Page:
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Beschreibung des Verlags
*** WINNER OF THE PULITZER PRIZE FOR FICTION 2016***
WINNER OF THE EDGAR AWARD FOR BEST FIRST NOVEL 2016
WINNER OF THE CARNEGIE MEDAL FOR EXCELLENCE IN FICTION 2016
'A fierce novel written in a refreshingly high style and charged with intelligent rage' Financial Times
It is April 1975, and Saigon is in chaos. At his villa, a general of the South Vietnamese army is drinking whiskey and, with the help of his trusted captain, drawing up a list of those who will be given passage aboard the last flights out of the country. The general and his compatriots start a new life in Los Angeles, unaware that one among their number, the captain, is secretly observing and reporting on the group to a higher-up in the Viet Cong. The Sympathizer is the story of this captain: a man brought up by an absent French father and a poor Vietnamese mother, a man who went to university in America, but returned to Vietnam to fight for the Communist cause. A gripping spy novel, an astute exploration of extreme politics, and a moving love story, The Sympathizer explores a life between two worlds and examines the legacy of the Vietnam War in literature, film, and the wars we fight today.
'A bold, artful and globally minded reimagining of the Vietnam war . . . The Sympathizer is an excellent literary novel, and one that ends, with unsettling present-day resonance, in a refugee boat where opposing ideas about intentions, actions and their consequences take stark and resilient human form' the Guardian
'Beautifully written and meaty'
'[A] remarkable debut novel . . . In its final chapters, The Sympathizer becomes an absurdist tour de force that might have been written by a Kafka or Genet'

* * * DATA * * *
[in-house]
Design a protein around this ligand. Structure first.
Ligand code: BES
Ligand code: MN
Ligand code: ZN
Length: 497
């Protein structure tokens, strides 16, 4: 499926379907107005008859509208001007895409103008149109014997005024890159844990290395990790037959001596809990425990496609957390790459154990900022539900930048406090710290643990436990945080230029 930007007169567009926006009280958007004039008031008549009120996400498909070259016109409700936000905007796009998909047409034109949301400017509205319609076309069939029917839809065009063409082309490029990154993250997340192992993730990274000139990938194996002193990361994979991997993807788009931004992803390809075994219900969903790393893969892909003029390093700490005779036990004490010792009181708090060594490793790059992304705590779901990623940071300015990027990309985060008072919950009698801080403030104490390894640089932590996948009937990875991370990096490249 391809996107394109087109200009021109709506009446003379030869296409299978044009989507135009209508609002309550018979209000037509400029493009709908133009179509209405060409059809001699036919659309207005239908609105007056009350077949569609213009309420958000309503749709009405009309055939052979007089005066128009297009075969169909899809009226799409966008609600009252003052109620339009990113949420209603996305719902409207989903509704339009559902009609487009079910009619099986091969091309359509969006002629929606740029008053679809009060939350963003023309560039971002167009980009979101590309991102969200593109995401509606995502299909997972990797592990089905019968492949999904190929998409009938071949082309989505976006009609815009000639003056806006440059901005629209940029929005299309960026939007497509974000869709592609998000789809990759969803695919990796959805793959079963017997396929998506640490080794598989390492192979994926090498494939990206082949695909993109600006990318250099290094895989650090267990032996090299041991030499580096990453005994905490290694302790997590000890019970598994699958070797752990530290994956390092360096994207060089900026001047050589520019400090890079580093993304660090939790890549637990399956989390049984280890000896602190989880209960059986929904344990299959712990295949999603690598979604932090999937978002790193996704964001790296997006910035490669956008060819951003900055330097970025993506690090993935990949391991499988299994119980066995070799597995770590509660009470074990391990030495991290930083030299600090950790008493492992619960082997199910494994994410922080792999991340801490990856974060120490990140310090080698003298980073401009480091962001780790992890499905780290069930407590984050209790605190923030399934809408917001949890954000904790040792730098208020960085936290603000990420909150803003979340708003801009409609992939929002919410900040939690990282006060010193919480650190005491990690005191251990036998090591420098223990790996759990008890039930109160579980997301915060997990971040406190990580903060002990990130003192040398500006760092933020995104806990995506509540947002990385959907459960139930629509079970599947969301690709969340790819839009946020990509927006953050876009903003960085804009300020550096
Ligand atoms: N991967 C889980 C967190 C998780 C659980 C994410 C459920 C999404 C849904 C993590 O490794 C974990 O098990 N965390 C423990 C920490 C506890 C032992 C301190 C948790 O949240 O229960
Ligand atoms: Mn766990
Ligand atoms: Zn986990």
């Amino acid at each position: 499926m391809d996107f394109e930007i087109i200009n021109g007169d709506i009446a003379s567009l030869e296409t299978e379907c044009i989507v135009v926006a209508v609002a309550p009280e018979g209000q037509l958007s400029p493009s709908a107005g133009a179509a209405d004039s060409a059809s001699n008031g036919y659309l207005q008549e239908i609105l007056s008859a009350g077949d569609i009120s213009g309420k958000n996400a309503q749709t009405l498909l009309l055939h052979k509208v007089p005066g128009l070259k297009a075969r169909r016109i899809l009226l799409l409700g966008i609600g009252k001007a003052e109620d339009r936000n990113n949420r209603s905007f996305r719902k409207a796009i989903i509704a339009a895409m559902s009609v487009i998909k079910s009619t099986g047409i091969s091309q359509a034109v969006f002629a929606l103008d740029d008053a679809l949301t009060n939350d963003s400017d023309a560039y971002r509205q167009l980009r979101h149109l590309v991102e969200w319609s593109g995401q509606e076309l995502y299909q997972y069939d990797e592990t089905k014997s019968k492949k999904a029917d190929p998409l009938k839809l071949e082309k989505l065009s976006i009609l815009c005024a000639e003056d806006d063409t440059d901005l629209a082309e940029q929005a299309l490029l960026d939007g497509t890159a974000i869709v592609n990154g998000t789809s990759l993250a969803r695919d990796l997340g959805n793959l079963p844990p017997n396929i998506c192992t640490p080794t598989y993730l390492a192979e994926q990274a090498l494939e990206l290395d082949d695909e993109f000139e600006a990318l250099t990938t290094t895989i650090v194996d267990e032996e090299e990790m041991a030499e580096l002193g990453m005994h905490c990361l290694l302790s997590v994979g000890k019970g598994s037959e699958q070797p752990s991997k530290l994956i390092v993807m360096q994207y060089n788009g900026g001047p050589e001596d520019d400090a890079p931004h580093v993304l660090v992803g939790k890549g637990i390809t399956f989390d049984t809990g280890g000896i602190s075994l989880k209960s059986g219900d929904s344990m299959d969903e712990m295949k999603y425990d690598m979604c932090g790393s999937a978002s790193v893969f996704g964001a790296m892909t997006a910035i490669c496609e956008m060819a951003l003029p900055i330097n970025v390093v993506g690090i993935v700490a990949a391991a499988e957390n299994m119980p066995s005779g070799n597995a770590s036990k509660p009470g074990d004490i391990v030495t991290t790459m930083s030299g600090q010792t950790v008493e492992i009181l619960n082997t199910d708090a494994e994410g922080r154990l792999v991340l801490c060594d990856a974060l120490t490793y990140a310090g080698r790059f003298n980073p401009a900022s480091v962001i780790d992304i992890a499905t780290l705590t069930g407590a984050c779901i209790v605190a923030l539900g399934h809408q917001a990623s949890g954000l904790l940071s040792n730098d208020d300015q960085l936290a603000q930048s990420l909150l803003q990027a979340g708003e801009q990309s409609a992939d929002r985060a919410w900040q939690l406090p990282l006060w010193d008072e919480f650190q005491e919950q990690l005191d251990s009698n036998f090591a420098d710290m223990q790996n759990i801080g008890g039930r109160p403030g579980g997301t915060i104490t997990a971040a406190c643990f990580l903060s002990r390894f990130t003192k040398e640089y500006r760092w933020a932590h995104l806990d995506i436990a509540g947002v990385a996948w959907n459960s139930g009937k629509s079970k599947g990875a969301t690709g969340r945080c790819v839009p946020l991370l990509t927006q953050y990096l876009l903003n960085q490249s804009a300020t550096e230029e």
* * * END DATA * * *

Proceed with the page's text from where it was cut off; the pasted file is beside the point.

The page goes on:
New York Times
'This debut is a page-turner (read: everybody will finish) that makes you reconsider the Vietnam War ... Nguyen's darkly comic novel offers a point of view about American culture that we've rarely seen'
Oprah's Book Club Suggestions
This astonishing first novel has at its core a lively, wry first-person narrator called the Captain, and his two school friends Bon and Man, as they navigate the fall of Saigon and the establishment of the Communist regime in Vietnam in 1975. The Captain is a half-Vietnamese double agent; he reports to his Communist minder Man who, unbeknownst to Bon, is a Republican assassin. The Captain and Bon make it on to one of the harrowing last flights out of Saigon as the city is overtaken by the Viet Cong. They travel with the Captain's superior, the General, and his family, although Bon's own wife and son are shot making their escape. The Vietnamese exiles settle uncomfortably in an America they believe has abandoned their country, as they are reduced to new roles as janitors, short-order cooks, and deliverymen. The General opens a liquor store, then a restaurant (in which his proud wife cooks the best pho outside Vietnam) as a front to raise money for a counter rebellion. In order to protect his identity as a spy, the Captain is forced to incriminate others, and as lines of loyalty and commitment blur, his values are compromised until they are worthless. Nguyen's novel enlivens debate about history and human nature, and his narrator has a poignant, often mirthful voice.